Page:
“The tax bill does not make any sense, because our properties have significant reduction in the market value and yet we got an increase,” he said. “I can't figure it out, and mathematically it is confusing.”
Approximately 30 home and property owners from all over the Queens attended the recent Property Tax Outreach Session, which was hosted by the City Tax Commission and the Department of Finance.
Tax Commission President Glenn Newman said if people want to challenge their assessed values, they need to file a claim with the city. At Borough Hall, representatives were assisting property owners with filling out the necessary forms.
“Even a property that has damage still has a value,” said Newman. “So they need to make adjustments to confirm the value is correct, but there still has to be a tax.”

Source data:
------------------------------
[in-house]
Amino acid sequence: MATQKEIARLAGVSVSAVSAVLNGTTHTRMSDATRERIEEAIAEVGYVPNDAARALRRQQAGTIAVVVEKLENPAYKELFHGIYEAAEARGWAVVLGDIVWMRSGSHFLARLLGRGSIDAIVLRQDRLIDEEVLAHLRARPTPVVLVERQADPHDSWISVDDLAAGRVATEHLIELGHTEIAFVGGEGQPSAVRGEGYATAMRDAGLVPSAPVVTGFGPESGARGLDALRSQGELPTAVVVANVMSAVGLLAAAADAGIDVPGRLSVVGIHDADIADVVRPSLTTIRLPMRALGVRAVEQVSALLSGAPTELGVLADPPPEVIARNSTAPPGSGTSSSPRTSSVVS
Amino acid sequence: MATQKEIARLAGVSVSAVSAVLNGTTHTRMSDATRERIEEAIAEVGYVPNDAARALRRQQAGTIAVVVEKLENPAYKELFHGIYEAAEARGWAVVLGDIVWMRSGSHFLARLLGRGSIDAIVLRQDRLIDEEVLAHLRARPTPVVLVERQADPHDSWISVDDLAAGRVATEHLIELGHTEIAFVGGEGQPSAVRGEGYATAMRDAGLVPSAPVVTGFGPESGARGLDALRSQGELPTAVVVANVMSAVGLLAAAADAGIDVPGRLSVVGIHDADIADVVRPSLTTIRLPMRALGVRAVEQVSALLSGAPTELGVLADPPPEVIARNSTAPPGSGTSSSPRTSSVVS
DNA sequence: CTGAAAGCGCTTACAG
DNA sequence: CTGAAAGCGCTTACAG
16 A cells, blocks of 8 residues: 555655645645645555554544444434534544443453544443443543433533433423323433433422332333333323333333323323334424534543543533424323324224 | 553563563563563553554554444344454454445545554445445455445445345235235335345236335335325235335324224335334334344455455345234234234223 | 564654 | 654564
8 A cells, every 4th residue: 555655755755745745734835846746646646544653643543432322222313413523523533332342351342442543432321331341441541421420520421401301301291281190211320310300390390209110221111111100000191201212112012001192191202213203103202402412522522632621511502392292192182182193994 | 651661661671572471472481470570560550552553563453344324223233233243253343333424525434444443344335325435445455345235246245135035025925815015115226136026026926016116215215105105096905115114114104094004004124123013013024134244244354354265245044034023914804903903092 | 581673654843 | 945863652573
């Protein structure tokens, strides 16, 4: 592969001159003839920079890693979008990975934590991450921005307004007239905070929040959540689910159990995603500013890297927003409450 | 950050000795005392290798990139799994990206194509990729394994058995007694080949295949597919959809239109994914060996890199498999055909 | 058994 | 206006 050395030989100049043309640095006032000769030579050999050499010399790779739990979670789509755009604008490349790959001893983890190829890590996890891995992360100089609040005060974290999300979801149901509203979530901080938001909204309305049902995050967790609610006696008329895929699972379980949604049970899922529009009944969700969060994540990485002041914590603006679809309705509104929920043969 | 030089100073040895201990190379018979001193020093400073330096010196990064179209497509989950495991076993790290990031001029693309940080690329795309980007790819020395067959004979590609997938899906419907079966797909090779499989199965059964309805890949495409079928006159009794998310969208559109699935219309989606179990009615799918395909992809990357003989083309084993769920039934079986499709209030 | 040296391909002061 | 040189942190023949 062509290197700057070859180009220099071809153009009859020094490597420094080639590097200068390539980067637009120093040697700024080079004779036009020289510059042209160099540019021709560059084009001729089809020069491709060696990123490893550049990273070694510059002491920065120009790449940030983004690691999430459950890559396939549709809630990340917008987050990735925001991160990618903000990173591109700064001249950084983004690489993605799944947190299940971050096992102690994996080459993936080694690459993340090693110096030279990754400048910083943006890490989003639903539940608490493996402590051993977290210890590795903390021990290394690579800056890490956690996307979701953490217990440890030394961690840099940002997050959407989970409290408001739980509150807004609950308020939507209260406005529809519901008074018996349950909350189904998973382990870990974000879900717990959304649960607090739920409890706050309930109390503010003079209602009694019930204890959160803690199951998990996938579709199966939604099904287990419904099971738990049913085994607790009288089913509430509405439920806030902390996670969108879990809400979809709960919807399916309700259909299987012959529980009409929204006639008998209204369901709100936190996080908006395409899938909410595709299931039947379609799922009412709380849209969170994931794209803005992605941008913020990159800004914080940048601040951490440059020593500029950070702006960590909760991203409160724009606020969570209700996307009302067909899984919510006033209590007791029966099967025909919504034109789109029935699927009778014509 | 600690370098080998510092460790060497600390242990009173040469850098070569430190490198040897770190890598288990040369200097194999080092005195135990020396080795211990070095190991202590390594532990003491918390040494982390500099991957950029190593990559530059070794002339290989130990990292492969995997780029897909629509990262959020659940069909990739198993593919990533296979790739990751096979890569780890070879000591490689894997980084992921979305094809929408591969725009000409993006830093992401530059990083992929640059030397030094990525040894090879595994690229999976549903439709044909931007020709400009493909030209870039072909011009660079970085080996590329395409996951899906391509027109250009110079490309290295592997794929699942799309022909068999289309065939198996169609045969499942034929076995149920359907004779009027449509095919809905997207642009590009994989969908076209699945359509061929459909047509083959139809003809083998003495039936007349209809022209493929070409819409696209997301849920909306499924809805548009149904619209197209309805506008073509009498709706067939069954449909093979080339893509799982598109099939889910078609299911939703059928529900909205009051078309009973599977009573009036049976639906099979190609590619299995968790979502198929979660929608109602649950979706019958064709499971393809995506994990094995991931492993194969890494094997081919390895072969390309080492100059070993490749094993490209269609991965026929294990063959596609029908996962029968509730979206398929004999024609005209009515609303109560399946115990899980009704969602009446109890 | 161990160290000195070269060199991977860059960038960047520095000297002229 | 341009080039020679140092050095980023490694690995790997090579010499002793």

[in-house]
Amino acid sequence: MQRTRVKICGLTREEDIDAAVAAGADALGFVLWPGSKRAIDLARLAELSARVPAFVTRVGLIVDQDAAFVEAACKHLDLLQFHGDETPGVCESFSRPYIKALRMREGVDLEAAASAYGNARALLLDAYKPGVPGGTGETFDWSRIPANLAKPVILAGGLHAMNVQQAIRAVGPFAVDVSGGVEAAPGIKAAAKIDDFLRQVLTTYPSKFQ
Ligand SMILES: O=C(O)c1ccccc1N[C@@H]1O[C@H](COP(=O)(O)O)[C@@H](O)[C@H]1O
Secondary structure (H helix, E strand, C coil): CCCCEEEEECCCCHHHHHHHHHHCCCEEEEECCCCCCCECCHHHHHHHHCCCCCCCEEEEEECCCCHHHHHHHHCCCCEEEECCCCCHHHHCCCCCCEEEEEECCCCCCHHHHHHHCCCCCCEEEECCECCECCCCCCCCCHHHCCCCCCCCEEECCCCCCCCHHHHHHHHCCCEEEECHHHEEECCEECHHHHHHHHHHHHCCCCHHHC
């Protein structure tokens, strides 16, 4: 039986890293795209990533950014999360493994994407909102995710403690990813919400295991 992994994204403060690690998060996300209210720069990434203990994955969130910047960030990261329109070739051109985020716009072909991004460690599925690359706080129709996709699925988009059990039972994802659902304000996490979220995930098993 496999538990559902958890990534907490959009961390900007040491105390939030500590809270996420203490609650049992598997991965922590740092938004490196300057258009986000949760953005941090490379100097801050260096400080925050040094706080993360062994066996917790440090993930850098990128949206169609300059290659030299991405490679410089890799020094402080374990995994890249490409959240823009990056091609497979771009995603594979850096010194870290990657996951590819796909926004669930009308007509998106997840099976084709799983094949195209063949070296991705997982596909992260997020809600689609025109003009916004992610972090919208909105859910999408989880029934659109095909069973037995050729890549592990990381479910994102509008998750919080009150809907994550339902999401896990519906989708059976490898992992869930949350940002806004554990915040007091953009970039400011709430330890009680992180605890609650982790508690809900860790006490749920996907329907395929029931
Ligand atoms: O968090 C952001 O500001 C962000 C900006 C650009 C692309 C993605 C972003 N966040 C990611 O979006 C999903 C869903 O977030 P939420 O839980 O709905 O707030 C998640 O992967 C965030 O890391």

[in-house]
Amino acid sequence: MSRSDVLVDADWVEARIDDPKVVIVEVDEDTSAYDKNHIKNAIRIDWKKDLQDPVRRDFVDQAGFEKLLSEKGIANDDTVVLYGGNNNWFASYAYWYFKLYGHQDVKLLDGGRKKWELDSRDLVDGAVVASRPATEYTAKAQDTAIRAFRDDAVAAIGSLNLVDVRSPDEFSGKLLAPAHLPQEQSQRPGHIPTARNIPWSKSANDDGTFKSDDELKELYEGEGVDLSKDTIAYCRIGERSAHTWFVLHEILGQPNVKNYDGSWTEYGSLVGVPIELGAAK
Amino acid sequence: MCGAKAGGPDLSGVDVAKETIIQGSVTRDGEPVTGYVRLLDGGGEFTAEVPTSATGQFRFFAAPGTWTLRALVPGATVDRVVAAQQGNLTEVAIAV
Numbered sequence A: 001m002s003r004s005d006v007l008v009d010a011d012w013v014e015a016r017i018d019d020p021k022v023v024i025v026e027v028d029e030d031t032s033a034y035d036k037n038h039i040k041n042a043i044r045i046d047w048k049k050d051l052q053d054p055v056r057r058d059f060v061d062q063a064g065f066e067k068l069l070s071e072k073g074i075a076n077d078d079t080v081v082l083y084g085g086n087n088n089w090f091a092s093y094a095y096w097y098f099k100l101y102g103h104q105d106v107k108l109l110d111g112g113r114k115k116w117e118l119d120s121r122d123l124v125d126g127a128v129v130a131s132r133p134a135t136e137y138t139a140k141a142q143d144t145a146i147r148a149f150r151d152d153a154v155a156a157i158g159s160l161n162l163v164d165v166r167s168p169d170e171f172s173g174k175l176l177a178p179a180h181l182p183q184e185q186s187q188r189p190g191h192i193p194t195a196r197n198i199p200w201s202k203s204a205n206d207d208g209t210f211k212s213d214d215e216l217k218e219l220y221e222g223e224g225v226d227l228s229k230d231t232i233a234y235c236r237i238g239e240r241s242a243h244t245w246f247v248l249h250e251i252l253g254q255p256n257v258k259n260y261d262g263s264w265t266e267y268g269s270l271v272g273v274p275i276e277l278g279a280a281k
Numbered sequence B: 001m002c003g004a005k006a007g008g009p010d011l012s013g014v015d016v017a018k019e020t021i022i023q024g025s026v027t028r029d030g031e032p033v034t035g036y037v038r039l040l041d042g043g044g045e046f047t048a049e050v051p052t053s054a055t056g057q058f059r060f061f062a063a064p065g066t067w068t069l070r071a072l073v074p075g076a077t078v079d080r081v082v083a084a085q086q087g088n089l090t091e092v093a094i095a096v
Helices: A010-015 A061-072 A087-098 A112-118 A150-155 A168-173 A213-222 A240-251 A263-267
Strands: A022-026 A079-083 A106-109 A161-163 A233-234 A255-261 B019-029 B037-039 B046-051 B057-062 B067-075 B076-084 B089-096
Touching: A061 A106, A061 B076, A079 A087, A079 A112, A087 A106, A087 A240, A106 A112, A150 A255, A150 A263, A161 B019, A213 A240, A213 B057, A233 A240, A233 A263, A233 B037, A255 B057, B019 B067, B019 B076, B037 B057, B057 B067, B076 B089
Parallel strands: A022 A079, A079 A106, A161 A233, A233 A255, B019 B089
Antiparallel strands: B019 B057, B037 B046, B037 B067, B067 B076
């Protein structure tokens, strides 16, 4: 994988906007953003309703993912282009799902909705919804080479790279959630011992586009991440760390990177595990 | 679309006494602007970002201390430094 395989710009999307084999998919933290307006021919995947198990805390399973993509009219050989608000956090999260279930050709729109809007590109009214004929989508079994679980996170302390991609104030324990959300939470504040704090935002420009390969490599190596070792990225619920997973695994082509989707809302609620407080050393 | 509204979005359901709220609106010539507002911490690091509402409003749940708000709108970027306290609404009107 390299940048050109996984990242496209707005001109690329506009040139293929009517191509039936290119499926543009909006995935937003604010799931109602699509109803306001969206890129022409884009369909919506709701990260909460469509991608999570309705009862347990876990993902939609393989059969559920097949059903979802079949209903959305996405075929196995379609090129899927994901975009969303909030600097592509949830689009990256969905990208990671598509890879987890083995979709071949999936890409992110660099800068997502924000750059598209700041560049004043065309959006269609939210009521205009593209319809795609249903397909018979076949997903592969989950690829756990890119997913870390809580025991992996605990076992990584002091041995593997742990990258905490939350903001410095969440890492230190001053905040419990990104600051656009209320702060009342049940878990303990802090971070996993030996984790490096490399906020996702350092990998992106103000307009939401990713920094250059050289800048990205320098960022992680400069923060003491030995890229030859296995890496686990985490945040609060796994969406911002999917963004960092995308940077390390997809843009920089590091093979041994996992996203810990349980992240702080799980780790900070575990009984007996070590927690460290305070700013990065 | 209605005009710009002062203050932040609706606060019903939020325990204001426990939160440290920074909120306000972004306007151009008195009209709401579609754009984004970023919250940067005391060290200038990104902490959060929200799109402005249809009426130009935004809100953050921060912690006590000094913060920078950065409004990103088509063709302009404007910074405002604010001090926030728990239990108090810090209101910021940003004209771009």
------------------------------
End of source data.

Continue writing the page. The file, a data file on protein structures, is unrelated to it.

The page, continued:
The Finance Department currently gets a list from the Building Department of properties damaged in the storm, and representatives are currently going out into the field to inspect those properties and adjust the assessed value.
“It is insult to injury,” said Sandra Farrell, a homeowner in Belle Harbor, of the increase in her tax bill. “I lost my property in the storm, and it is been very difficult emotionally as well.”
While some homeowners felt the session did not provide any new information except addressing Sandy-related damages, others found it effective.
“I am more knowledgeable now than before about my tax bill,” said Frank Chimera. “It is a very complicated process.”